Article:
Offline
Member
Member

Joined: Fri Oct 26, 2007 19:08
Posts: 3434
Personally I think one of the following two may happen a lot more than may be expected.

Firstly, people who drink about a pint and a half now ,to stay below the present limit, will continue to do the same and take a chance that their driving will pass scrutiny if followed.

Secondly, some people who try and stay below the limit now, may drink even more, thinking that if I'm going to get stopped it might as well be for 3 or 4 pints as the one and a half I drink anyway.

The second is obviously going to make the roads MORE dangerous but then, what has happened with speed limits being reduced and cameras???

_________________
My views do not represent Safespeed but those of a driver who has driven for 39 yrs, in all conditions, at all times of the day & night on every type of road and covered well over a million miles, so knows a bit about what makes for safety on the road,what is really dangerous and needs to be observed when driving and quite frankly, the speedo is way down on my list of things to observe to negotiate Britain's roads safely, but I don't expect some fool who sits behind a desk all day to appreciate that.


Top
 Profile  
 
PostPosted: Tue Jun 15, 2010 22:33 
Offline
Friend of Safe Speed
Friend of Safe Speed
User avatar

Joined: Tue Mar 09, 2004 23:09
Posts: 6735
Location: Stockport, Cheshire
Big Tone wrote:
Seriously, I think it will just make people stay in more. Taxis are too expensive and public transport is useless where I am. :(

The behaviour we're looking at is calling in at pubs for a couple of pints - nobody's ever going to get a taxi for that. But they may well conclude that it's not worth it at all if they can only have one.

_________________
"Show me someone who says that they have never exceeded a speed limit, and I'll show you a liar, or a menace." (Austin Williams - Director, Transport Research Group)

Any views expressed in this post are personal opinions and may not represent the views of Safe Speed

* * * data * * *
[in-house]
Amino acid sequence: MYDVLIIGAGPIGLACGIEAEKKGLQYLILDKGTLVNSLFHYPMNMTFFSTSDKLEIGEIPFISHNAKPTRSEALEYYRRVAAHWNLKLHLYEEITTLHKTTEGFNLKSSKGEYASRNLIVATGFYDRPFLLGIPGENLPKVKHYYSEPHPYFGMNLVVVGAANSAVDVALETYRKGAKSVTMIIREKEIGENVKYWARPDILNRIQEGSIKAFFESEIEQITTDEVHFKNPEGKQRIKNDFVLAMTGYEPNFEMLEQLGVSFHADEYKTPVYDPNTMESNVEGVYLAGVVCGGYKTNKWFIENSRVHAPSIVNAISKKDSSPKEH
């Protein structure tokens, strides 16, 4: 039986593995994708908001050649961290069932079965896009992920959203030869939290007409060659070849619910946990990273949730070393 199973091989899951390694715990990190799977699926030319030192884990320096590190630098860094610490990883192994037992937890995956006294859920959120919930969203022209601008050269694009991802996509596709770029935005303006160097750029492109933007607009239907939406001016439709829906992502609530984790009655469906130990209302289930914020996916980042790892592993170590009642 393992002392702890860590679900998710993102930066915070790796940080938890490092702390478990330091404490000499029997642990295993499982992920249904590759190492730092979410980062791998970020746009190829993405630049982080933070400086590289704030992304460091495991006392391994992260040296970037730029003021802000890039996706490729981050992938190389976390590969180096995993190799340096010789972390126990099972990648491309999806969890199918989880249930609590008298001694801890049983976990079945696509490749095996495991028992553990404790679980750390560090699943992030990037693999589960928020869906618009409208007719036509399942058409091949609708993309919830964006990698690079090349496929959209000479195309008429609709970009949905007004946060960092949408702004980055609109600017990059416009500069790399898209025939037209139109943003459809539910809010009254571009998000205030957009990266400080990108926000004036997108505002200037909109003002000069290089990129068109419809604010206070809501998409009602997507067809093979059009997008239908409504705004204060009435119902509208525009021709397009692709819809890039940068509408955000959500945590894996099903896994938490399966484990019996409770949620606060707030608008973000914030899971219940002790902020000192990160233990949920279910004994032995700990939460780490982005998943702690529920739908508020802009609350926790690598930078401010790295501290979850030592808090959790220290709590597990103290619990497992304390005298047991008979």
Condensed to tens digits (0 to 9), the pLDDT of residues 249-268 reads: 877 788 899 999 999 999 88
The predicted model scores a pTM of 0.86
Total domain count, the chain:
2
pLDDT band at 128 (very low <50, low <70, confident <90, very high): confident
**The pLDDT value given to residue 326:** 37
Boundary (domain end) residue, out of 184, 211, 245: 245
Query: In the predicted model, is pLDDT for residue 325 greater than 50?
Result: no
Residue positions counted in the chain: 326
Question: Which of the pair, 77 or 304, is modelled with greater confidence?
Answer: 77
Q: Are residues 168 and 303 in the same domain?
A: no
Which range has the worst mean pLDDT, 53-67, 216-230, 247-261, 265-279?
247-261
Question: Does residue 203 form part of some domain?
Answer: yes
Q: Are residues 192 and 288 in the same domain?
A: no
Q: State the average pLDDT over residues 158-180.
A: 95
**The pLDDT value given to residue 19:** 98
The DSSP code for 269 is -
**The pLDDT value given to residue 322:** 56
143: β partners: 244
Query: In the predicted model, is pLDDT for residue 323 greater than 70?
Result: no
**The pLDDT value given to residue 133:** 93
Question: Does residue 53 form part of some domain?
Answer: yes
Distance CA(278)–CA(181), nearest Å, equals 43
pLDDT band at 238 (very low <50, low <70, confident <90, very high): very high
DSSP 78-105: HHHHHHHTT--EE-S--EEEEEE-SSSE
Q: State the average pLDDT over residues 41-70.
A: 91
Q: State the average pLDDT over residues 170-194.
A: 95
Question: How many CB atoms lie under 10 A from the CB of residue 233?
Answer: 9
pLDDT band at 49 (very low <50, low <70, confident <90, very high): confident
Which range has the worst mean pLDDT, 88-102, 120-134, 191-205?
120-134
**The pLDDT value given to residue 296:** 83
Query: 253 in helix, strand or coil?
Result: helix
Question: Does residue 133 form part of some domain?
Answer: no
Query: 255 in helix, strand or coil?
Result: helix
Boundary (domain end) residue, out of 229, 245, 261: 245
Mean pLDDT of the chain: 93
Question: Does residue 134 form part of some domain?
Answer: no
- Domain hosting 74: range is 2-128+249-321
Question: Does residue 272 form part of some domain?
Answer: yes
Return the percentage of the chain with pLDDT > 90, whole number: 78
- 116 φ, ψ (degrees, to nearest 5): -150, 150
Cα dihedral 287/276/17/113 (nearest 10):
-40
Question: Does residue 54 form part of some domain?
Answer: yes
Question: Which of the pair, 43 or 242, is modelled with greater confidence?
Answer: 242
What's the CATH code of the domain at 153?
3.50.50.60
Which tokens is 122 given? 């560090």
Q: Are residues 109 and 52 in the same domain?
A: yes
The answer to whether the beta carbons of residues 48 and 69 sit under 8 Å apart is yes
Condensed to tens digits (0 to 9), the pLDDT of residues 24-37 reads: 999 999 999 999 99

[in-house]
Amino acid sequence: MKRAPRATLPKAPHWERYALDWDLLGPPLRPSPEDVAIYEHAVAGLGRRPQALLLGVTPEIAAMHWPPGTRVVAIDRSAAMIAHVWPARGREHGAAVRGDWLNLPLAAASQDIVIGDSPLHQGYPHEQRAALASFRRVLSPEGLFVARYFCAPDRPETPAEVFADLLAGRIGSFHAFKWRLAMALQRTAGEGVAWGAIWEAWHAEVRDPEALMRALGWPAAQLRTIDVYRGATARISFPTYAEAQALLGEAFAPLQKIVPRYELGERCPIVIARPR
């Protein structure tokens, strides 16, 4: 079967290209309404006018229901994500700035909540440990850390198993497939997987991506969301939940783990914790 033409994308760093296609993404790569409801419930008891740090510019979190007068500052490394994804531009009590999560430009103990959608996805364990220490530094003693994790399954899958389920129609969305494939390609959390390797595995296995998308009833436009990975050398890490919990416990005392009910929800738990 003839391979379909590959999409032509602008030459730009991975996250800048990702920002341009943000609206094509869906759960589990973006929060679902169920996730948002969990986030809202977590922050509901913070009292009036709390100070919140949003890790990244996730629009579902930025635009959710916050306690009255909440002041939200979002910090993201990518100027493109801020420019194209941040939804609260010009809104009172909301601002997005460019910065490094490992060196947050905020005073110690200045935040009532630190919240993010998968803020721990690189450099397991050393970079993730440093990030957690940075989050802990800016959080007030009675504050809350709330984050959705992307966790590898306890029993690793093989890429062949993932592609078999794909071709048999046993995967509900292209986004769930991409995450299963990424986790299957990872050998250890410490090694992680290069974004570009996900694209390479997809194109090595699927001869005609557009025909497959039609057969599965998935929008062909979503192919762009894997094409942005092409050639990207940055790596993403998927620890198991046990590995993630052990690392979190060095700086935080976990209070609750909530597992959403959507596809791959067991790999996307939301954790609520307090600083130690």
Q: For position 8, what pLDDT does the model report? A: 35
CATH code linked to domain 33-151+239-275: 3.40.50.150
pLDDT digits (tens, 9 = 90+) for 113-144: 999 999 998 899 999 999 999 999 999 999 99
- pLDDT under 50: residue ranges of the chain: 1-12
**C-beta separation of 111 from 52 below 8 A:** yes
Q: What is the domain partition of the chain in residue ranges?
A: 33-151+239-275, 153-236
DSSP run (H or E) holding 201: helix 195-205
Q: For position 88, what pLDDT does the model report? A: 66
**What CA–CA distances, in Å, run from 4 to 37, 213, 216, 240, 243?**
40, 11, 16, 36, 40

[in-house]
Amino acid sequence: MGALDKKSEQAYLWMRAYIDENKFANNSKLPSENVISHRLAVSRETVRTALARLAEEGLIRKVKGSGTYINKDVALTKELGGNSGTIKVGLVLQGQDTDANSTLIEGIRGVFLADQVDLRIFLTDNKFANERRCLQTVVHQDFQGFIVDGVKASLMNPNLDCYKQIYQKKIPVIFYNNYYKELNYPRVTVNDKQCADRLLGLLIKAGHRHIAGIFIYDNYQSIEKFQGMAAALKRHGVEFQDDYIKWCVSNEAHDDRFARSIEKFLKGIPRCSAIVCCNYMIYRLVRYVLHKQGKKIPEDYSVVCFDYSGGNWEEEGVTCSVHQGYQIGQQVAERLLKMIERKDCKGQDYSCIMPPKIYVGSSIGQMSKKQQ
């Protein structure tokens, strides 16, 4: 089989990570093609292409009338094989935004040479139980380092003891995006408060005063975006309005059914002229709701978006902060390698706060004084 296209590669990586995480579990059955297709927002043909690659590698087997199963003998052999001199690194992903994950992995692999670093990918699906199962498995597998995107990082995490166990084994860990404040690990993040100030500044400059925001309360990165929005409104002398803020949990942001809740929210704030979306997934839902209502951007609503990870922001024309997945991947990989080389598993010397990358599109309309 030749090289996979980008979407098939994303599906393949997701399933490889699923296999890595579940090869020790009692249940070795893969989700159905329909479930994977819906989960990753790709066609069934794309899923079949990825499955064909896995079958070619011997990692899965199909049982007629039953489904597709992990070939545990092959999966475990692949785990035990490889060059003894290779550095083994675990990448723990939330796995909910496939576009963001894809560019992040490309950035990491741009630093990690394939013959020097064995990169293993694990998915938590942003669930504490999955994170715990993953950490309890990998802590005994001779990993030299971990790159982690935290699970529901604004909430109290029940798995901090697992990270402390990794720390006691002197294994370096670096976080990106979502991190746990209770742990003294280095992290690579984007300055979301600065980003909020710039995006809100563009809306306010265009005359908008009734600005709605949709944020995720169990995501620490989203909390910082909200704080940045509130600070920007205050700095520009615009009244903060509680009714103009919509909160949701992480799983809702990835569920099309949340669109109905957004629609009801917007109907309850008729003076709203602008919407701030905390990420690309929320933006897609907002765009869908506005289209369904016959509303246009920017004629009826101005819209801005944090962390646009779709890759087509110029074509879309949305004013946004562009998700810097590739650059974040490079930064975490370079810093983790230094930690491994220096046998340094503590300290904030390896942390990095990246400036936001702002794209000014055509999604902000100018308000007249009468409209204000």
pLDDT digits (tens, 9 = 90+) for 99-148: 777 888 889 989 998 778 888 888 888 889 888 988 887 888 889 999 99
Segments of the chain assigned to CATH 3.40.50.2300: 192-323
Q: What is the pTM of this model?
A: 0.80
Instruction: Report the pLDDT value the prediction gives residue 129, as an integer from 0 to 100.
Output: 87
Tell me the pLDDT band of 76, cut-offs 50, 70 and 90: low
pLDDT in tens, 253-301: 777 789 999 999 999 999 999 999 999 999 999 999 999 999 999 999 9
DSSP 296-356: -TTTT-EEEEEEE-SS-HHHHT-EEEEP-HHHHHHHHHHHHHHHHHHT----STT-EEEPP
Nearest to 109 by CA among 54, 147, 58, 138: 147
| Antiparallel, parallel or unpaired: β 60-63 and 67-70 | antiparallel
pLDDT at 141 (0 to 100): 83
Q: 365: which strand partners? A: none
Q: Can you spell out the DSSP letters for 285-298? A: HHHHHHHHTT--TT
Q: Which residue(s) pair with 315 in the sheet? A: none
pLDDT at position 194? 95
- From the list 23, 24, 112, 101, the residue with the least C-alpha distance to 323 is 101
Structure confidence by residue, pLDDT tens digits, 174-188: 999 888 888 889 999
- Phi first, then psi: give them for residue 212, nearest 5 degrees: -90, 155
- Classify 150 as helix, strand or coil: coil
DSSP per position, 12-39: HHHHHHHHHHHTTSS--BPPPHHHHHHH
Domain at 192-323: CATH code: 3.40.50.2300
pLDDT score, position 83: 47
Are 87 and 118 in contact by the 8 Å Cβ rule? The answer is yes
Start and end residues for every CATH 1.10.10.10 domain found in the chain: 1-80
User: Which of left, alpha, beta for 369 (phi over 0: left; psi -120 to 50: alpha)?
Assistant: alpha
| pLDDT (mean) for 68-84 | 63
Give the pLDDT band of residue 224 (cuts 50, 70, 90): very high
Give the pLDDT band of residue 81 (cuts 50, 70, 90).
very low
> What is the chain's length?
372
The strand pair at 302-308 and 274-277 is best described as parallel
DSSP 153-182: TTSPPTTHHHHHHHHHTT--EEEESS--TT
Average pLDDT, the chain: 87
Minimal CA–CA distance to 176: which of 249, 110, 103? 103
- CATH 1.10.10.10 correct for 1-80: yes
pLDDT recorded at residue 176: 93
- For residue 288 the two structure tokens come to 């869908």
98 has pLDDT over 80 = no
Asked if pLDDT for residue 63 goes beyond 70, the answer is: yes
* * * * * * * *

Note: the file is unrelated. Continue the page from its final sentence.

Top
 Profile  
 
PostPosted: Wed Jun 16, 2010 15:05 
Offline
Gold Member
Gold Member
User avatar

Joined: Mon Mar 26, 2007 16:34
Posts: 4923
Location: Somewhere between a rock and a hard place
PeterE wrote:
The behaviour we're looking at is calling in at pubs for a couple of pints - nobody's ever going to get a taxi for that. But they may well conclude that it's not worth it at all if they can only have one.
Indeedy, but also the price I feel.

I don't know about other Cities but what led me to stop going to pubs and start drinking at home a few years ago was, if I break it down: -

Taxi fare to local, there and back ~£10 to £12. Multiply the time they say they'll arive in minutes by a factor of 3 and add half an hour, unless it's nearing 11:00 p.m in which case add an hour or just start walking. Price of a typical pint around Brum ~£3 to £3.50 (x2 or x3) = say £9

So I can either blow 20 quid for a night at the pub or buy a four-pack at a total cost of £3.79 and put my feet up at home reading the paper or watching the box.

I rest my case...

_________________
The views expressed in this post are personal opinions and do not necessarily represent the views of Safe Speed.
You will be branded a threat to society by going over a speed limit where it is safe to do so, and suffer the consequences of your actions in a way criminals do not, more so than someone who is a real threat to our society.